4. Updated Nov 14, 2023: We've added a link to the newly-reviewed Vaxee XE Wireless in the Configuration Software section of this review.
  5. Updated Oct 06, 2023: We've added a link to the newly-reviewed Logitech G PRO X SUPERLIGHT in the Sensor Specifications of this review.
  6. Updated Oct 02, 2023: We've added text to this review for the new tests added in TBU 1.5.
  7. Updated Oct 02, 2023: We've converted this review to Test Bench 1.5. This update adds a new Main Button test group, which provides button actuation data and switch information. We've also made minor changes to how we calculate the Office usage score. For more details, you can see our full changelog here.
  8. Updated Sep 25, 2023: We previously incorrectly stated that this mouse works on glass when, in fact, it doesn't. The review has been updated to reflect this change.
  9. Updated Jul 06, 2023: We've added a link to the newly-reviewed Razer Viper Mini Signature Edition in the Sensor Specifications section of this review.
  10. Updated May 29, 2023: We've added a link to the newly-reviewed ASUS ROG Harpe Ace Aim Lab Edition in the Wireless Versatility section of this review.
  11. Updated Apr 07, 2023: We've received community feedback indicating some people have received this mouse with defective wireless receivers. We've provided more details about this potential issue in the Wireless Versatility section of this review.
  12. Updated Jan 30, 2023: We've added mention of the recently-reviewed Zaunkoenig M2K in the Weight section of this review.
  13. Updated Jan 05, 2023: We've added a link to the newly-reviewed LAMZU Atlantis in the Style section of this review.
  14. Updated Dec 09, 2022: We've converted this review to Test Bench 1.4. This update modifies our Hand Size Recommendation test, adding a more granular hand size recommendation chart. We've moved several minor tests into different test groups, removed the Travel usage, and added a new Raw Performance usage. For more details, you can see our full changelog here.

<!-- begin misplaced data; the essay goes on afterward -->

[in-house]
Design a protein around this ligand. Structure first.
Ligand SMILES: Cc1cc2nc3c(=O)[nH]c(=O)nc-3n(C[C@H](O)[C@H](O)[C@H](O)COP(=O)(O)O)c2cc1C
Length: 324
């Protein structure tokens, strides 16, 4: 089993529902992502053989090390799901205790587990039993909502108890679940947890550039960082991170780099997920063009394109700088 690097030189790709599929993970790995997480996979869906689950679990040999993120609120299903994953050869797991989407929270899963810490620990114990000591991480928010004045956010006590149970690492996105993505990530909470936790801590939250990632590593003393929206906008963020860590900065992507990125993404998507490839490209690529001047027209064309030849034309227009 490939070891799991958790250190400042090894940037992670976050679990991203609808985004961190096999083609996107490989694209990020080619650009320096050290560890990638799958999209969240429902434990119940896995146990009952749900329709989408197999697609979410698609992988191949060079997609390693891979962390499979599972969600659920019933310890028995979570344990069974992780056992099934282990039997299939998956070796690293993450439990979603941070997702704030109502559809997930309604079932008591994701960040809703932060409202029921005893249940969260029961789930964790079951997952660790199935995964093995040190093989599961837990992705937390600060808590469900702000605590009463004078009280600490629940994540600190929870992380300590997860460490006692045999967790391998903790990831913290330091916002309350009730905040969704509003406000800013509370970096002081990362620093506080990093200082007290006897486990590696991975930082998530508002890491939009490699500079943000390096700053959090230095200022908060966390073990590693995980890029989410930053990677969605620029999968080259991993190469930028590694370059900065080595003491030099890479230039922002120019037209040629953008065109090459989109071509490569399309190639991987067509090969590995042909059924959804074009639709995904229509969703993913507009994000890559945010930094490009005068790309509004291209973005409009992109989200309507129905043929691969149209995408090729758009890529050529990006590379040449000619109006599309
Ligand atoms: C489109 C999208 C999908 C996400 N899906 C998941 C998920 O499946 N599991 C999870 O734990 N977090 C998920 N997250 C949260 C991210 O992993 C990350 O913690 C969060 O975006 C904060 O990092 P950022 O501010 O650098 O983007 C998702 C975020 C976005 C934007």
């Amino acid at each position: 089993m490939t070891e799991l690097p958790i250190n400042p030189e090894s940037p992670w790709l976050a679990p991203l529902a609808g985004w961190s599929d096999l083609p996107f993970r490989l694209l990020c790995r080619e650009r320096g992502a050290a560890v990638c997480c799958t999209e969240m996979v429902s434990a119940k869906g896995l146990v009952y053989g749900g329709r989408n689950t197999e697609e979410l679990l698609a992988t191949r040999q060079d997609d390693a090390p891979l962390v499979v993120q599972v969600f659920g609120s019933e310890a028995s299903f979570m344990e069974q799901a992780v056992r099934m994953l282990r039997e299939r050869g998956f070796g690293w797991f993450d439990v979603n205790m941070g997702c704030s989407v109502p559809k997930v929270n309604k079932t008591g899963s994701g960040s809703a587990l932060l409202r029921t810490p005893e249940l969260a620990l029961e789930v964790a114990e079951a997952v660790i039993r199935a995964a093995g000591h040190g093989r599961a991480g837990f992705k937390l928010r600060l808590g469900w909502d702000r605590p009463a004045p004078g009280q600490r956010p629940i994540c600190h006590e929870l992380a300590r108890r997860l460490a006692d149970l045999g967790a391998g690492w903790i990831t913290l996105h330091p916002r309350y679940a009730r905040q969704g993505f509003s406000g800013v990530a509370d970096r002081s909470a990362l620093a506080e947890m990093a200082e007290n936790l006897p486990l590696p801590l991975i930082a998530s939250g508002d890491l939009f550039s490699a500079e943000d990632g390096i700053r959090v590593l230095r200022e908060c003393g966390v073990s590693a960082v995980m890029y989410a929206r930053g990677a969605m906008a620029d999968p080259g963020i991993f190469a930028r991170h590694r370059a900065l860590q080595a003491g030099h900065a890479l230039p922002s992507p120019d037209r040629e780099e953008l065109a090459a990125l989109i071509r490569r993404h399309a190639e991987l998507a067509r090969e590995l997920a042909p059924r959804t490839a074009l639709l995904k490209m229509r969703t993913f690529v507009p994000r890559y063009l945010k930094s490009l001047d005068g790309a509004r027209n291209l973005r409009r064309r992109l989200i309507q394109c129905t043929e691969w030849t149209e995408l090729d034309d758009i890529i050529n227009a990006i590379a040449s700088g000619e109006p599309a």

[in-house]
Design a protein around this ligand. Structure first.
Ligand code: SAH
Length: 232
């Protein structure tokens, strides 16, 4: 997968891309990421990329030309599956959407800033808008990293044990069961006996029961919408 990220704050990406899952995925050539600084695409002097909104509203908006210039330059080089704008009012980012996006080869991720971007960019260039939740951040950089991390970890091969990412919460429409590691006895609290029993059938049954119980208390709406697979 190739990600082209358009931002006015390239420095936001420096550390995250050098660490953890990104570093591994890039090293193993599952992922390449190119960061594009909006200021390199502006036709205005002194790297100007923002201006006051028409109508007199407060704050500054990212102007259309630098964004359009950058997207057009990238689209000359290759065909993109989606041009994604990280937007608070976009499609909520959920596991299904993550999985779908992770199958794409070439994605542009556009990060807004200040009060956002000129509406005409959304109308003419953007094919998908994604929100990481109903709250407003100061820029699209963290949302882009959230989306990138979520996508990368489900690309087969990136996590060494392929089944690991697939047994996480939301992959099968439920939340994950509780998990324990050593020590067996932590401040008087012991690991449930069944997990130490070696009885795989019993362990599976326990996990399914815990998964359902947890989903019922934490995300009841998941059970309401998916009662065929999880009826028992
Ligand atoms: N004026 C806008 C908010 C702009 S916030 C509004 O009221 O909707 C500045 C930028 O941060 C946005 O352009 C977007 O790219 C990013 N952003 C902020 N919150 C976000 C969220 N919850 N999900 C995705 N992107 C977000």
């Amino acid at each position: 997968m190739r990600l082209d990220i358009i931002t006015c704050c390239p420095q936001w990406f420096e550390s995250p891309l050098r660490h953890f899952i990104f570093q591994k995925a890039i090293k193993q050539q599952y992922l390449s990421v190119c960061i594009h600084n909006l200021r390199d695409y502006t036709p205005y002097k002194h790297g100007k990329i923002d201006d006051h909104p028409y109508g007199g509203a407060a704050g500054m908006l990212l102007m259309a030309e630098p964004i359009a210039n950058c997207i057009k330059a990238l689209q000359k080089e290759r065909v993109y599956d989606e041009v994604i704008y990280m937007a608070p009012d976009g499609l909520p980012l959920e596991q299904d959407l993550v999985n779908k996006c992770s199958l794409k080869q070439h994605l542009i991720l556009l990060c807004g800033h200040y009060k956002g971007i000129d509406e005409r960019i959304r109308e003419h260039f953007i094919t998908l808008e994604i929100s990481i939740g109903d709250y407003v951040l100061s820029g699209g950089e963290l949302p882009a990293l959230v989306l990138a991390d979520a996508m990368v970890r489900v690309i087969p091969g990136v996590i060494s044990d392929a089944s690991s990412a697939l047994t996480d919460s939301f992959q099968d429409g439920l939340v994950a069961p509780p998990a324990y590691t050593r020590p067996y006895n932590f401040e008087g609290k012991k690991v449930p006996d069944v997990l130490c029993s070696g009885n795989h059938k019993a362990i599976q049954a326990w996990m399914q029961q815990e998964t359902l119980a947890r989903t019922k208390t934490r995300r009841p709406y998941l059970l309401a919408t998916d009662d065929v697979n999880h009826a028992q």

15. Updated Oct 21, 2022: We've added a link to the recently reviewed Finalmouse Starlight Pro - TenZ within the Weight section of this review.
  16. Updated Sep 28, 2022: We've added a comparison to the recently reviewed Razer Viper V3 Pro in the Comfort of Use section of this review.
  17. Updated Sep 06, 2022: We've converted this review to Test Bench 1.3. This update adds a new Sensor Latency test and makes minor changes to several of our existing tests, resulting in test result changes in several sections. For more information, you can check out our full changelog here.
  18. Updated Aug 10, 2022: We've converted this review to Test Bench 1.2. This update simplifies our Weight test and expands on our CPI test from Test Bench 1.1, resulting in changes to test results in both sections. For more details, you can see our complete changelog here.
  19. Updated Jun 21, 2022: Review published.
  20. Updated Jun 13, 2022: Early access published.
  21. Updated Jun 02, 2022: Our testers have started testing this product.
  22. Updated May 31, 2022: The product has arrived in our lab, and our testers will start evaluating it soon.
  23. Updated May 20, 2022: We've purchased the product and are waiting for it to arrive in our lab.

Differences Between Sizes And Variants

The Razer Viper V2 Pro we tested is the matte black color variant. It's also available in matte white. You can see the label for our unit here.

Compared To Other Mice

The Razer Viper V2 Pro is a continuation of Razer's popular Viper lineup. It features several improvements, including a brand new sensor, a new generation of optical switches, and a significantly lighter weight than their previous flagship model, the Razer Viper Ultimate. However, this weight saving comes at the cost of several features that characterized earlier generations of this mouse, including the RGB lighting, rubberized side grips, and an optional charging dock. This mouse only has a pair of side buttons on the left, while the Razer Viper Ultimate and Razer Viper 8KHz featured buttons on either side, making them popular options for left-handed users. Overall, this mouse is a high-performance option that competes directly with similar flagship models like the Logitech G PRO X SUPERLIGHT. However, given its reduced feature set and premium price point, it won't be a perfect fit for everyone.